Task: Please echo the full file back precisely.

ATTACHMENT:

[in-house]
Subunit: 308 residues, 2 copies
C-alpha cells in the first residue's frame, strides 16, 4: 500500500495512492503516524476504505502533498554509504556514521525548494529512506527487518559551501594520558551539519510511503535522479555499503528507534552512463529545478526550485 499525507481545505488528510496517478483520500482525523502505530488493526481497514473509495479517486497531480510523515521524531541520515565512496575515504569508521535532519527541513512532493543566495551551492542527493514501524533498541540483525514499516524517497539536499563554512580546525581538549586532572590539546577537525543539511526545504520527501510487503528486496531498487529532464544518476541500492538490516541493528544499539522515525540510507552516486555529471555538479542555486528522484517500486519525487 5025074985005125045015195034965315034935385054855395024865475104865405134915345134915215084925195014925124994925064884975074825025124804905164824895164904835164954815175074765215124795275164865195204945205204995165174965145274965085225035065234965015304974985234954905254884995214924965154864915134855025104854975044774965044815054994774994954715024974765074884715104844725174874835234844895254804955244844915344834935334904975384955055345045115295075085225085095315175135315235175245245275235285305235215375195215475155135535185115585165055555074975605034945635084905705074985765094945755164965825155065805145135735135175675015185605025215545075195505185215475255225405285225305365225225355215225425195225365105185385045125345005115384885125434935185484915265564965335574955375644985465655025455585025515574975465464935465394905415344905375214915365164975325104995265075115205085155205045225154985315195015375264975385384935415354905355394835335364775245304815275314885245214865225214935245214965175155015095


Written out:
[in-house]
Subunit: 308 residues, 2 copies
C-alpha cells in the first residue's frame, strides 16, 4: 500500500495512492503516524476504505502533498554509504556514521525548494529512506527487518559551501594520558551539519510511503535522479555499503528507534552512463529545478526550485 499525507481545505488528510496517478483520500482525523502505530488493526481497514473509495479517486497531480510523515521524531541520515565512496575515504569508521535532519527541513512532493543566495551551492542527493514501524533498541540483525514499516524517497539536499563554512580546525581538549586532572590539546577537525543539511526545504520527501510487503528486496531498487529532464544518476541500492538490516541493528544499539522515525540510507552516486555529471555538479542555486528522484517500486519525487 5025074985005125045015195034965315034935385054855395024865475104865405134915345134915215084925195014925124994925064884975074825025124804905164824895164904835164954815175074765215124795275164865195204945205204995165174965145274965085225035065234965015304974985234954905254884995214924965154864915134855025104854975044774965044815054994774994954715024974765074884715104844725174874835234844895254804955244844915344834935334904975384955055345045115295075085225085095315175135315235175245245275235285305235215375195215475155135535185115585165055555074975605034945635084905705074985765094945755164965825155065805145135735135175675015185605025215545075195505185215475255225405285225305365225225355215225425195225365105185385045125345005115384885125434935185484915265564965335574955375644985465655025455585025515574975465464935465394905415344905375214915365164975325104995265075115205085155205045225154985315195015375264975385384935415354905355394835335364775245304815275314885245214865225214935245214965175155015095